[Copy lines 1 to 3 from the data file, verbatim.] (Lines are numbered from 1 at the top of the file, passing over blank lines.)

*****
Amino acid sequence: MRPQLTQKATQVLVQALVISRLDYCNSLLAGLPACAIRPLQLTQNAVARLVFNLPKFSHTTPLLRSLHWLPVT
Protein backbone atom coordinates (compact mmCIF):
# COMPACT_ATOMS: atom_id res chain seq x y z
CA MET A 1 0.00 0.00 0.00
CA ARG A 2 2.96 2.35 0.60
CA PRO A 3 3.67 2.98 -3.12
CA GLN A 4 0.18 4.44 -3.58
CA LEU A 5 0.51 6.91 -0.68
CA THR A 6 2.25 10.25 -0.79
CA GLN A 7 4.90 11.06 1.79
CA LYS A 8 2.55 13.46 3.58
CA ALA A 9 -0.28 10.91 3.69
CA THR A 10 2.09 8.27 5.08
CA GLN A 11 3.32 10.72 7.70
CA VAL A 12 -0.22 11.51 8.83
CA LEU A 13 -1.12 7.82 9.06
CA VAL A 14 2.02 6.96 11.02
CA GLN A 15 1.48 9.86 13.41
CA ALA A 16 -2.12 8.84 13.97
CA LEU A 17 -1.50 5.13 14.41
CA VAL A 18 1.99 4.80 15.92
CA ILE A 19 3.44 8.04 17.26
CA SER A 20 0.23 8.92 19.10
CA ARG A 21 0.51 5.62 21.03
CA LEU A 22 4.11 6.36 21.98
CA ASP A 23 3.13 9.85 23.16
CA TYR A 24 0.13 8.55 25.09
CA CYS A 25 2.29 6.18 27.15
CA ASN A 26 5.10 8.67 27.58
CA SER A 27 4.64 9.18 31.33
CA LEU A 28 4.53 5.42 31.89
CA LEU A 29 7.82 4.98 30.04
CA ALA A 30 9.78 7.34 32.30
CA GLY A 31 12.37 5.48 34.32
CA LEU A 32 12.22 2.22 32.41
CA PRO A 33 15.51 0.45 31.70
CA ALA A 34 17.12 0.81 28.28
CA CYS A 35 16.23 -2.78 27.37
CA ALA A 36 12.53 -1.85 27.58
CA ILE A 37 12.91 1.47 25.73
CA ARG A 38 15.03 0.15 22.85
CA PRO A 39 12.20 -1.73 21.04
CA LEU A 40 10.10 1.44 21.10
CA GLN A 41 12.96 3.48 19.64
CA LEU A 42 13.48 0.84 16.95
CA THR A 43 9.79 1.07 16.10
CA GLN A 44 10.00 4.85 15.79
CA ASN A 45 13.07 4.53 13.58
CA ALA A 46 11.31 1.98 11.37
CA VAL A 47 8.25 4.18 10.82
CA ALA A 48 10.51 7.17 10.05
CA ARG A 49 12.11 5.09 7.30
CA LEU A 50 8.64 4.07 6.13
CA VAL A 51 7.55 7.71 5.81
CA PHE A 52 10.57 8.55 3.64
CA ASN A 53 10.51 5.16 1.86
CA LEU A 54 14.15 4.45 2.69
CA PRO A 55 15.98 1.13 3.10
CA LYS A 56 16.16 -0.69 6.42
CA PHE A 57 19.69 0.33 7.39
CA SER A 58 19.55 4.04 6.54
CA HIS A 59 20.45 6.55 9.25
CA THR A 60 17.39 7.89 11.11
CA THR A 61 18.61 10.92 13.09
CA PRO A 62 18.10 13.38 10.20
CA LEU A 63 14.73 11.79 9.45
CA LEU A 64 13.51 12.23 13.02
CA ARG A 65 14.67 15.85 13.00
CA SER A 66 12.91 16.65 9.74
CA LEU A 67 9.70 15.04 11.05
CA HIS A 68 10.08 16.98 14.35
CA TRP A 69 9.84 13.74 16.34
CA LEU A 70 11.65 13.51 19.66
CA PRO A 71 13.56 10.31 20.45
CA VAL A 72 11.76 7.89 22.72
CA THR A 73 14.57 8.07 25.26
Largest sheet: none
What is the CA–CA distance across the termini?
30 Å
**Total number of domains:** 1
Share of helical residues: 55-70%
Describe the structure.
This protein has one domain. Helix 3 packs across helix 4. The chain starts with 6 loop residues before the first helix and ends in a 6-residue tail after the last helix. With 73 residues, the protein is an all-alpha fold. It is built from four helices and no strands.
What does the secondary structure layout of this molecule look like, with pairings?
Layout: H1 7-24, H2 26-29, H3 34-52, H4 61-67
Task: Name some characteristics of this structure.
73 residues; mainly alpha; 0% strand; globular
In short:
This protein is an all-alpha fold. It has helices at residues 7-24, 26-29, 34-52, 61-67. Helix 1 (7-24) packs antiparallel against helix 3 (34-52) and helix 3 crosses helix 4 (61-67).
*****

Amino acid sequence: MRPQLTQKATQVLVQALVISRLDYCNSLLAGLPACAIRPLQLTQNAVARLVFNLPKFSHTTPLLRSLHWLPVT
Protein backbone atom coordinates (compact mmCIF):
# COMPACT_ATOMS: atom_id res chain seq x y z